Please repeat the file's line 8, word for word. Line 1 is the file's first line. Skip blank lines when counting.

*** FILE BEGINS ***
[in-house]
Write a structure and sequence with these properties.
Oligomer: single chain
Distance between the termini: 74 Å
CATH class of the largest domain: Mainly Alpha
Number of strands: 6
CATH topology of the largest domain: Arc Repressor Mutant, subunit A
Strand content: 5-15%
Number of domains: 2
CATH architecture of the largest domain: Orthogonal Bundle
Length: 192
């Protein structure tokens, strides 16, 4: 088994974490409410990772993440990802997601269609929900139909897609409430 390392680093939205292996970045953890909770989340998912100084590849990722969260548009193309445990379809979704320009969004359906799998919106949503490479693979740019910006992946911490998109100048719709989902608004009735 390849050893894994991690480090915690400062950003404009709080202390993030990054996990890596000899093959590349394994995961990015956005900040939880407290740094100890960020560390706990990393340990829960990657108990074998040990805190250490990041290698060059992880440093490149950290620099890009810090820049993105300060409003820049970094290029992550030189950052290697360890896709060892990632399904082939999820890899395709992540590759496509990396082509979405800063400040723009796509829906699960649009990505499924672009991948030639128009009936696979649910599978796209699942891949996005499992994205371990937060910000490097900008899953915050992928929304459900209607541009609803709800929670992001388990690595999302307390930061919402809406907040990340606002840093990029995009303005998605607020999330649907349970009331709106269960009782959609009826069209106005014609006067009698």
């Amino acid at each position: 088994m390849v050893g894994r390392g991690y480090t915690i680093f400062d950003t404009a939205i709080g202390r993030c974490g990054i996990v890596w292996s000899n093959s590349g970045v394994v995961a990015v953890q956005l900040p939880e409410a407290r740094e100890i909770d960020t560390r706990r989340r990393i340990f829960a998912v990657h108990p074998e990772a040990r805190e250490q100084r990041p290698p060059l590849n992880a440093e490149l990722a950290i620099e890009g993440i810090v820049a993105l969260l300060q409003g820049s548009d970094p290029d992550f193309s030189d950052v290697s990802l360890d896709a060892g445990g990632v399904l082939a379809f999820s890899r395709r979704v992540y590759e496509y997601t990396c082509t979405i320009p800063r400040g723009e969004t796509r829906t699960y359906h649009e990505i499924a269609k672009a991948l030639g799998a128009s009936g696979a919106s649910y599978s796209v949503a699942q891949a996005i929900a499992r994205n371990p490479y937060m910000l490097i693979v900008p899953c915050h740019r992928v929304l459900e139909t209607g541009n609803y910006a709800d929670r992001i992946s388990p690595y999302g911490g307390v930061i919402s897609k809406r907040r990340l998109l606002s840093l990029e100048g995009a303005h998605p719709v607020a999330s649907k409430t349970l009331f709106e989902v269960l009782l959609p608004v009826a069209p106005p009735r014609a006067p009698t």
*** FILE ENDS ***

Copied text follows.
Strand content: 5-15%